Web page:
IMF Says Iceland’s Debt Relief Risks Housing Fund: Nordic Credit
Iceland’s plan to help households buckling under inflation-linked mortgages is bad news for the state’s Housing Financing Fund, according to the International Monetary Fund.
The government unveiled plans last month to reduce household debt by 150 billion kronur ($1.28 billion), in part by raising taxes on banks and offering tax breaks for homeowners. The move, which was a pre-election promise, risks backfiring because of the burden it will place on HFF’s balance sheet, according to the IMF.
“The household debt relief program will increase risks related to the HFF, because it will increase prepayments of mortgages held with the HFF,” Daria Zakharova, IMF mission chief to Iceland, said in an interview. “This will further aggravate its negative carry and it will require increased capital injections from the budget.”
HFF, which has 490 billion kronur in outstanding bonds that are guaranteed by Iceland’s Treasury, has been on the brink of insolvency as it loses market share and as households weakened by the nation’s 2008 collapse struggle to repay loans. The lender can only offer inflation-linked loans, which are losing out to regular mortgages from commercial banks.
Sigurdur Erlingsson, HFF’s chief executive officer, declined to comment in an e-mail from a company spokesman.
The IMF, which is conducting stress tests, says it has seen estimates that Iceland may have to provide “about 10 billion kronur over the next four years” to the HFF to keep its capital adequacy ratio at the current 2.5 percent, half of the 5 percent regulatory minimum. The government has estimated it would inject 9 billion kronur through 2015, after already backstopping the fund with 46 billion kronur since 2009.
Iceland announced last month that it plans to provide homeowners with inflation-linked loans with as much as 80 billion kronur in direct debt writedowns and provide 70 billion kronur of tax exemptions over three years. More than half that relief will go to borrowers with loans from the HFF. The measure will partly be financed by a tax on banks.
Of HFF’s household loans, 11.8 percent are in default, with an underlying value of 77.1 billion kronur, according to an October report. Landsbankinn hf, Iceland’s largest lender, estimated in June it may cost the Treasury 100 billion kronur to save HFF from bankruptcy.
The government’s proposal, which is equivalent to 9 percent of Iceland’s $14 billion economy, also adds risks to the economy as a whole, according to the IMF.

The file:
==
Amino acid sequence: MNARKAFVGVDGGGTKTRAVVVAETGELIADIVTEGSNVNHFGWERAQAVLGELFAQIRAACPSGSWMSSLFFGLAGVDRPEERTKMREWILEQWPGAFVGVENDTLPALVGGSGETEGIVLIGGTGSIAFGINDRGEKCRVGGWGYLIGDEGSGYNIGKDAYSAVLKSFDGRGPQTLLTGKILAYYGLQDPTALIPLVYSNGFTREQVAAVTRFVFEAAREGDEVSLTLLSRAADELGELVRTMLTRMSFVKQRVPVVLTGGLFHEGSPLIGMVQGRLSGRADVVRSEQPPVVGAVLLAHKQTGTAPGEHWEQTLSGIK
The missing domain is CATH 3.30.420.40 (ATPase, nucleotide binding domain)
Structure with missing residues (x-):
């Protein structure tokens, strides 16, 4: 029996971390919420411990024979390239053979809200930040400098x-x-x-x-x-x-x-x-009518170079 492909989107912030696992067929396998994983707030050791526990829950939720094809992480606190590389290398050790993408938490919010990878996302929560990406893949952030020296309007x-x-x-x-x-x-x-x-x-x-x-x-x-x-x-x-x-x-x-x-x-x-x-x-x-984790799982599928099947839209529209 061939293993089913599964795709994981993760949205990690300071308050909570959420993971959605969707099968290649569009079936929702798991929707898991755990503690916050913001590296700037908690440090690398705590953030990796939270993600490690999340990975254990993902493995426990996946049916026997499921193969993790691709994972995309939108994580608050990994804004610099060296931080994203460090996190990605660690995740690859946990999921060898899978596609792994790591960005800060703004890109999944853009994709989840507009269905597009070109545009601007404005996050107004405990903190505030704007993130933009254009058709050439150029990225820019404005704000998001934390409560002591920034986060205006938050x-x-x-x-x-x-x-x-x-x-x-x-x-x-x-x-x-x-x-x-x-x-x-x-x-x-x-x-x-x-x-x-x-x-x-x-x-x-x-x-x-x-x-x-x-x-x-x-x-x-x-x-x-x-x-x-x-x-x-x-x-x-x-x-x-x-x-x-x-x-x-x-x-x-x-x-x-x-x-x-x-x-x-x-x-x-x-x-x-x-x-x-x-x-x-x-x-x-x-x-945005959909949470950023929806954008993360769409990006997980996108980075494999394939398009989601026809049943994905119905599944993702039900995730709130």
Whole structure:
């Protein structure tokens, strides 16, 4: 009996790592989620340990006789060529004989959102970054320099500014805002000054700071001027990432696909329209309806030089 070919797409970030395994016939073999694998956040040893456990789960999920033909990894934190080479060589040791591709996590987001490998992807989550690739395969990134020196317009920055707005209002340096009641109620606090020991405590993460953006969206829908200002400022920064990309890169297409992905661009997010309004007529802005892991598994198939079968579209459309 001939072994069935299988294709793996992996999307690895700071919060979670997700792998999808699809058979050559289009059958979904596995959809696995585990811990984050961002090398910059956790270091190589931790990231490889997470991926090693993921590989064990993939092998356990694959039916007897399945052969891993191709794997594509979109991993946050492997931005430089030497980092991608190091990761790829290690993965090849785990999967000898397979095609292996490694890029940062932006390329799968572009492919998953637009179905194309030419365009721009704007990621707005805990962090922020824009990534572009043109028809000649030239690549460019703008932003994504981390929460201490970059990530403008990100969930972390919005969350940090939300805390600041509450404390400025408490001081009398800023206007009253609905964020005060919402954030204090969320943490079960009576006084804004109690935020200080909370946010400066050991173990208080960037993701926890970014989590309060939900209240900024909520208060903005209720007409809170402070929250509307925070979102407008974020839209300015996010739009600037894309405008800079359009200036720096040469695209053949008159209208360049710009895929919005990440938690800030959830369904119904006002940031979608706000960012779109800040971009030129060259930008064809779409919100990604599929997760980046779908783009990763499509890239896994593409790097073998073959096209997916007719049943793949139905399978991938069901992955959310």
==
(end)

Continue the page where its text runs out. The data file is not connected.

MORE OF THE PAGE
“We have argued during our last mission to Iceland that across the board debt relief for households is ill-advised and that a better use of any new revenue, including in this case from the new bank levy, would be to lower the still-high public debt,” said Zakharova. Also, the chance that the measures put pressure on consumer prices and that the banks will resist the taxation through litigation are “serious risks,” she said.
“If the levy on the banks proves unworkable, the government may find it difficult to unwind the debt writedowns,” said Zakharova. “And this could eventually increase public debt.”
The country’s central bank has strained to contain inflation, which soared as high as 6.5 percent last year. Inflation has since eased to below 4 percent after the central bank intervened in the currency market to boost the krona.
The central bank yesterday kept rates unchanged for a ninth meeting even as it warned that the government’s debt plans could spur faster tightening.
The government’s debt proposals “will stimulate domestic demand,” the bank said. “Given the scope of the debt relief measures and their distribution over time, a tighter monetary stance should suffice to bring inflation back to target in coming quarters.”
The island’s economic expansion is outpacing growth in the euro area and in the member countries of the Organization of Economic Cooperation and Development, according to the Paris-based group. The economy will grow 2.7 percent next year, compared with 2.3 percent of the whole OECD, the group forecast on Nov. 19.
While Iceland has made “impressive progress” there are still many “challenges,” according to Zakharova who also recommended that the country set up a committee to review the “institutional set up of the HFF from the ground up.”
“If the government thinks it should continue its commercial activities, there should be a viable solution found to the fact that they are facing a huge repayment risk and at the same time they have non-callable liabilities,” she said.
To contact the reporter on this story: Omar R. Valdimarsson in Reykjavik at firstname.lastname@example.org
To contact the editor responsible for this story: Jonas Bergman at email@example.com